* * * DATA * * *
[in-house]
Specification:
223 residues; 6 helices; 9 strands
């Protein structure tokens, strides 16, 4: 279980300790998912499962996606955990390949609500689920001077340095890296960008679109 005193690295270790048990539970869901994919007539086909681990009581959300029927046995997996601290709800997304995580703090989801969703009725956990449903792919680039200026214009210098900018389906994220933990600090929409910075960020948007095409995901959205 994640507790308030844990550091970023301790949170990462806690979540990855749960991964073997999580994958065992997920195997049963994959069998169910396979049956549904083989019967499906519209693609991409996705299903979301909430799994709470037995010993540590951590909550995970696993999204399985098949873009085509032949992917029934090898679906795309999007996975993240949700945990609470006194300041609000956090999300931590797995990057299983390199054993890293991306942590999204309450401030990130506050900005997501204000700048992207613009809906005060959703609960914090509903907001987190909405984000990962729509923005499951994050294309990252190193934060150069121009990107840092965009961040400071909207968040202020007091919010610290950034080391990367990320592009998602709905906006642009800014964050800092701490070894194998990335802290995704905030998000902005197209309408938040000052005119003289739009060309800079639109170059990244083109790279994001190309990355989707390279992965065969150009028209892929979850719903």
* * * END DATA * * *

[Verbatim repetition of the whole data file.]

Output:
[in-house]
Specification:
223 residues; 6 helices; 9 strands
């Protein structure tokens, strides 16, 4: 279980300790998912499962996606955990390949609500689920001077340095890296960008679109 005193690295270790048990539970869901994919007539086909681990009581959300029927046995997996601290709800997304995580703090989801969703009725956990449903792919680039200026214009210098900018389906994220933990600090929409910075960020948007095409995901959205 994640507790308030844990550091970023301790949170990462806690979540990855749960991964073997999580994958065992997920195997049963994959069998169910396979049956549904083989019967499906519209693609991409996705299903979301909430799994709470037995010993540590951590909550995970696993999204399985098949873009085509032949992917029934090898679906795309999007996975993240949700945990609470006194300041609000956090999300931590797995990057299983390199054993890293991306942590999204309450401030990130506050900005997501204000700048992207613009809906005060959703609960914090509903907001987190909405984000990962729509923005499951994050294309990252190193934060150069121009990107840092965009961040400071909207968040202020007091919010610290950034080391990367990320592009998602709905906006642009800014964050800092701490070894194998990335802290995704905030998000902005197209309408938040000052005119003289739009060309800079639109170059990244083109790279994001190309990355989707390279992965065969150009028209892929979850719903």